An interesting incident is captured an plate 74. A pigeon has wandered in front of a performing acrobat and has been scared into flight and been captured by the cameras. There are more intentional studies of ‘Animals in Motion‘ in the so titled second book.
‘Animals in Motion’ has a more extensive text describing animal methods of locomotion. This text is quite useful as it points out things which the untrained (or unfamiliar) eye might miss. This book also has a more extensive section on Muybridge’s methods.
There is a considerable section on horses. There are horses being ridden and horses un-ridden, a horse ridden side saddle, and a horse walking with a bucket in its mouth, plus a horse rolling a box, and more. There are sections of photographs of:
Domestic animals, Wild Animals, and Birds — although it is said that Muybridge was less successful with birds because he could not control them. Despite that the plates of the homing pigeon in flight look very instructive (Plate 169). There are individual descriptions for a lot of the animals which give clues to the characteristics an animal might show.
Domestic animals include a trained bucking mule unseating a rider and performing other tricks. There are camels in action and a Guanaco (a what I thought — well, I had never heard of it!), elephants, and others. There are sections on dogs and cats.
Wild animals include lion and tigers. If you need it there is a set of pictures of a sloth walking upside down suspended from a bar (they do that). The pictures of deer leaping could add some life like action (plate 151) even though the photographic quality leaves something to be desired.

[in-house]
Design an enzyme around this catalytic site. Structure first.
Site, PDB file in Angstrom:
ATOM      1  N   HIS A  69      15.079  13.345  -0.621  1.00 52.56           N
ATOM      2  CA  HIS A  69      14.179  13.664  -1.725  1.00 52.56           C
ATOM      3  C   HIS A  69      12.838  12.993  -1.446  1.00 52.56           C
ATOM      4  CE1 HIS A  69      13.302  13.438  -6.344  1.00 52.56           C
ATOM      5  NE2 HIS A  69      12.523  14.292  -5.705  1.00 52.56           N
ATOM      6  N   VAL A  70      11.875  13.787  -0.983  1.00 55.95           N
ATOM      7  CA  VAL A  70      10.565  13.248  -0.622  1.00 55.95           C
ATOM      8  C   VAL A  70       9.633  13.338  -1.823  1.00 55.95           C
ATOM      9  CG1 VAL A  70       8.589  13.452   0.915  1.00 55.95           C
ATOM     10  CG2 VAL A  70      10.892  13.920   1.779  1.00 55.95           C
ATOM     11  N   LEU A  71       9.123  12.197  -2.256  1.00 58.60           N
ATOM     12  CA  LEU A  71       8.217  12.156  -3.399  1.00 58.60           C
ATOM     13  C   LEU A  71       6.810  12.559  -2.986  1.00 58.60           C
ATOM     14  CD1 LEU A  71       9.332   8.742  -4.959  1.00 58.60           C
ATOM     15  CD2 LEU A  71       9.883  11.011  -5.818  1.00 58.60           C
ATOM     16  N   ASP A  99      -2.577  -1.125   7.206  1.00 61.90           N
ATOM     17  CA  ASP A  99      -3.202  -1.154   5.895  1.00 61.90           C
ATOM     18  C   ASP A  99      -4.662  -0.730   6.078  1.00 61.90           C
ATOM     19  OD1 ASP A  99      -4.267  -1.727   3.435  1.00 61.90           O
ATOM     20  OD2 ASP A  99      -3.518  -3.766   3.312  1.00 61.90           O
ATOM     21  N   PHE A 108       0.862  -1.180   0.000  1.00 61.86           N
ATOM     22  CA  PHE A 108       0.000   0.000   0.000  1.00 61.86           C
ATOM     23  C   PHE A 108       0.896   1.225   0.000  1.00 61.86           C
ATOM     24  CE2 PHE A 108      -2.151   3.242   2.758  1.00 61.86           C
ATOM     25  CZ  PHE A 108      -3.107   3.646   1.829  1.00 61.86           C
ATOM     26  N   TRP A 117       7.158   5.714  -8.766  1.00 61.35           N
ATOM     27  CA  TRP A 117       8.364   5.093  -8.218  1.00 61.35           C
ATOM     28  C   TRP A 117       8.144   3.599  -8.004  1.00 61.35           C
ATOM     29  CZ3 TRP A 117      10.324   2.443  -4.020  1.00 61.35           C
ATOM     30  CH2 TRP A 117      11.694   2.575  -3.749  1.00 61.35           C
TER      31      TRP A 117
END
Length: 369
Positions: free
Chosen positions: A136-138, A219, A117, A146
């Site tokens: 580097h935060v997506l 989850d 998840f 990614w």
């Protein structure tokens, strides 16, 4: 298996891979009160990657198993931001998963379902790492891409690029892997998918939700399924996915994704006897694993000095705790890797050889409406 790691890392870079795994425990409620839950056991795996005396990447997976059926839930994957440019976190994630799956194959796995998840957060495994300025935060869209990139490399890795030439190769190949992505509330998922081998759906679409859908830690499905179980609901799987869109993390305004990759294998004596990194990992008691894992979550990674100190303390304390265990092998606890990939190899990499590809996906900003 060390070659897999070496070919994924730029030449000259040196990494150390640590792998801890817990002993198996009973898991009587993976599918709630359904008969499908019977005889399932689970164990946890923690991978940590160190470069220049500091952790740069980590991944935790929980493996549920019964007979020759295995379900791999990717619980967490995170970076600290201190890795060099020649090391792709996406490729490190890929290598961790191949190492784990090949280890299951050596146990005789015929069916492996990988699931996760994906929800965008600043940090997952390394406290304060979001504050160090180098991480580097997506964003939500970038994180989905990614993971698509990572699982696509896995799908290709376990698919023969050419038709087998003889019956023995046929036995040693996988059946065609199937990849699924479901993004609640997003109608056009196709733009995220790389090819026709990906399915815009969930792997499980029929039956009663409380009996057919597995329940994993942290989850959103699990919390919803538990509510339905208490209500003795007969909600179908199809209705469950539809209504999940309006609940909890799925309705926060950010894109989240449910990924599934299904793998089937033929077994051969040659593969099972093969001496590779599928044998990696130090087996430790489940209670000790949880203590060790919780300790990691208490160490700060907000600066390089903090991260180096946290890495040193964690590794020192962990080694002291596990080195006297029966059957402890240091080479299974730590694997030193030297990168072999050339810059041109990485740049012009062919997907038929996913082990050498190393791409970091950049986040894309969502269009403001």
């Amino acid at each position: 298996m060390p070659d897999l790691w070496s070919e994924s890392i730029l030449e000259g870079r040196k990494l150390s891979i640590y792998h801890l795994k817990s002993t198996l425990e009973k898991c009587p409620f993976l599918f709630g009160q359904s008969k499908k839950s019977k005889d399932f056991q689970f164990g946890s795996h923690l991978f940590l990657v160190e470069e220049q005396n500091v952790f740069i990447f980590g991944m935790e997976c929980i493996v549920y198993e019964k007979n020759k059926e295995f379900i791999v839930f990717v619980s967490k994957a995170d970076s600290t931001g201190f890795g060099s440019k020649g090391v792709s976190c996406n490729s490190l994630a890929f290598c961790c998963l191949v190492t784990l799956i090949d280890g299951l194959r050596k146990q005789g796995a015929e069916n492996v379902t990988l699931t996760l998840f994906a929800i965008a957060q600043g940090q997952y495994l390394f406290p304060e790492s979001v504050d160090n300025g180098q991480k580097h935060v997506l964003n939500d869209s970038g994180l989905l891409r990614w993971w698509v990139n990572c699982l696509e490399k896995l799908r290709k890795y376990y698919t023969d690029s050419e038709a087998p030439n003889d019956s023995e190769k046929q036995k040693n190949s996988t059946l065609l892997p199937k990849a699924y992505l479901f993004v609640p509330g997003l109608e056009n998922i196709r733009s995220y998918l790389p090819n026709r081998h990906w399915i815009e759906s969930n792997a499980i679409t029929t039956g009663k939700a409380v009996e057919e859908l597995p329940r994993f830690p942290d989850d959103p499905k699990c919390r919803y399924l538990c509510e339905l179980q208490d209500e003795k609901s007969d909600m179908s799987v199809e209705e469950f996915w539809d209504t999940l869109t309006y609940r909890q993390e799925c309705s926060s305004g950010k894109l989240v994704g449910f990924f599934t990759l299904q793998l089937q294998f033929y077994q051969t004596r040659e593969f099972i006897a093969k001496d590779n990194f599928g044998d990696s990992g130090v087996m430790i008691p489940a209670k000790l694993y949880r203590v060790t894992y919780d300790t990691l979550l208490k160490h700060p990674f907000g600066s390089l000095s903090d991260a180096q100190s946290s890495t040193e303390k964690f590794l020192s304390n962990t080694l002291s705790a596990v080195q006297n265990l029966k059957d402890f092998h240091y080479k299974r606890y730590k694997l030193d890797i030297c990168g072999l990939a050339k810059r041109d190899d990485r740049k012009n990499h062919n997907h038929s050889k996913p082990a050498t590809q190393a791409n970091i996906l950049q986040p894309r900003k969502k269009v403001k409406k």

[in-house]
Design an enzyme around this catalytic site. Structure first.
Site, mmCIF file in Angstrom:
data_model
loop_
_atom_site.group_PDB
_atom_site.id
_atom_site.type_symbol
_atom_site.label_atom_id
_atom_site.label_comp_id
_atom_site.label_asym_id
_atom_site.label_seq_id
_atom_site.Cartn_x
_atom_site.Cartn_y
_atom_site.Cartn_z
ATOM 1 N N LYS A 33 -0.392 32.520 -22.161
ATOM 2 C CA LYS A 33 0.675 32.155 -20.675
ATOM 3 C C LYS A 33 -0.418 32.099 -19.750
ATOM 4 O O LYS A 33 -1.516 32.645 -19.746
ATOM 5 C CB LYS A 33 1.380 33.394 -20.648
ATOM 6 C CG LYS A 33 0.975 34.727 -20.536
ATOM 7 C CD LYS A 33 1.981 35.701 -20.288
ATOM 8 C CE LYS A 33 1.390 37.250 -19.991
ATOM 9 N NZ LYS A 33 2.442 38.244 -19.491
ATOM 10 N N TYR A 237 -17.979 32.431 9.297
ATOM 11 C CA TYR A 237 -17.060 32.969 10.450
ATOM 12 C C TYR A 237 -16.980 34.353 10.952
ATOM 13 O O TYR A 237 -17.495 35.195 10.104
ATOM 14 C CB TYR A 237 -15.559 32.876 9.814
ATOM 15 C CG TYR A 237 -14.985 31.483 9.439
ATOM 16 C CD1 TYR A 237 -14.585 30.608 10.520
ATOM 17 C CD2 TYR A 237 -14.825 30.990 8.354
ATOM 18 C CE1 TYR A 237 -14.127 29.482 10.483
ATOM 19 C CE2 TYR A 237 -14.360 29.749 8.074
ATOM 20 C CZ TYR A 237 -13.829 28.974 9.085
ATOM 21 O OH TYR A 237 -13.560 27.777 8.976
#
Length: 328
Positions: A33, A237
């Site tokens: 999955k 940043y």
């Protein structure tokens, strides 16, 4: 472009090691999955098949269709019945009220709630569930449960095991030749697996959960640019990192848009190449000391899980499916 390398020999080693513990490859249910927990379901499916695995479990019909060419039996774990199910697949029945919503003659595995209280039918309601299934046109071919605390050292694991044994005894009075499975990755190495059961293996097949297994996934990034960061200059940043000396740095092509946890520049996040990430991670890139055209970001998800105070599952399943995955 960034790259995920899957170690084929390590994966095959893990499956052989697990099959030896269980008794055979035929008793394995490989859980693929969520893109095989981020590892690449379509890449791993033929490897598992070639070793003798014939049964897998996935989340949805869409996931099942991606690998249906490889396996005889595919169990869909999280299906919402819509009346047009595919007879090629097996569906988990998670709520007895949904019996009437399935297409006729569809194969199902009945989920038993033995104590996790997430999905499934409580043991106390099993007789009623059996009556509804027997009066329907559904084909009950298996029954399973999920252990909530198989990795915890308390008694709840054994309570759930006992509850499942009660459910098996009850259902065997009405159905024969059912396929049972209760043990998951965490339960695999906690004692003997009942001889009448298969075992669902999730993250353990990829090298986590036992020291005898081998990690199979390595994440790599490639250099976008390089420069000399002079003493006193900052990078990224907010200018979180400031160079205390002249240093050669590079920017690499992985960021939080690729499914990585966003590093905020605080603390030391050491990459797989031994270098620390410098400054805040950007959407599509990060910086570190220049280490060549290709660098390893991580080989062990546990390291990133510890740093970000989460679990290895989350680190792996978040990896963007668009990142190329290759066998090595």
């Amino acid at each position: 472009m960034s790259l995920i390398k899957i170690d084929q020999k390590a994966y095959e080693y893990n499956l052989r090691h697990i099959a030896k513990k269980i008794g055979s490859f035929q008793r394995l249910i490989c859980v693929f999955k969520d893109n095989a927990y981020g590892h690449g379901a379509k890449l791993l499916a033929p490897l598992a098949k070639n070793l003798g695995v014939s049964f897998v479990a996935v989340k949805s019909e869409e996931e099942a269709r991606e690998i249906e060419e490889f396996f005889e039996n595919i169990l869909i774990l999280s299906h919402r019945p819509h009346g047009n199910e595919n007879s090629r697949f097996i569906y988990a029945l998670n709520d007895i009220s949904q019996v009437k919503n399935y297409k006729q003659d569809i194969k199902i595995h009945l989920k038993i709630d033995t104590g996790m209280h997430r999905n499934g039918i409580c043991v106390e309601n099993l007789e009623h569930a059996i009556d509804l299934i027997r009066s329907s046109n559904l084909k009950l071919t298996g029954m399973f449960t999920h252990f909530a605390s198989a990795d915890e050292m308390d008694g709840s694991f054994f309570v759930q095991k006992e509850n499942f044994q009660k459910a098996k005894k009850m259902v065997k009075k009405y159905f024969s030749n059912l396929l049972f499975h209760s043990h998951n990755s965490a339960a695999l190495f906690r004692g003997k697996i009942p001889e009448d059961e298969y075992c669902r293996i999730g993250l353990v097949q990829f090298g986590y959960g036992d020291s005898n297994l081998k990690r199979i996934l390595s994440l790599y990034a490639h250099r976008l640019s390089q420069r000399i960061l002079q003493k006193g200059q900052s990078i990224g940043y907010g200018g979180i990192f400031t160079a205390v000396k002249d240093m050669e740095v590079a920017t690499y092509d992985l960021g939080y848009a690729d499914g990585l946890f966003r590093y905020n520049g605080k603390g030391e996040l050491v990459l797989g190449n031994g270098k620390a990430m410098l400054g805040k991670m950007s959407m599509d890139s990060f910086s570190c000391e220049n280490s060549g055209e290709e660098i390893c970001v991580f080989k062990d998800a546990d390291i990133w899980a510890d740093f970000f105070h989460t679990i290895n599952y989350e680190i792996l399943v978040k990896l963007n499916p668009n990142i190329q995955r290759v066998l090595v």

In the section on birds the pictures of the eagle took my interest because eventually I want to portray a bird of prey in a cel animation I am working on at the moment. Even the flightless ostrich is shown running and walking.
The text in the book ‘Animals in Motion’ tells us that quadrupeds employ eight different regular systems of progressive motion.
(1) The Walk
(2) The Amble
(3) The Trot
(4) The Rack (or Pace)
(5) The Canter
(6) The Transverse-gallop
(7) The Rotatory-gallop
(8) The Ricochet
(“In this enumeration crawling is omitted, it being simply a modified system of walking….”).
Muybridge was concerned mainly with the regular progression of the creatures although there are some examples of leaps, jumps, and rearing.
The text is supported by illustrative plates and also refers to the main collection of photographs. Muybridge employs a diagrammatic system to explain basically which feet are on the ground and which Are not in a particular point of a cycle of motion. This can also help in interpreting the photographs.
For me the book will be invaluable when it comes to animating four legged animals, I don’t have much knowledge of how they move. Progression on four feet is a very complicated business. Perhaps that is why Man walks upright!
There are notes on how animals change from one pattern of movement to another and this could prove worth study. These notes are illustrated by a series of silhouettes which show the changes of gait of a horse. These photographic silhouettes were photographed in 1879, before Muybridge had really got the best out of photography.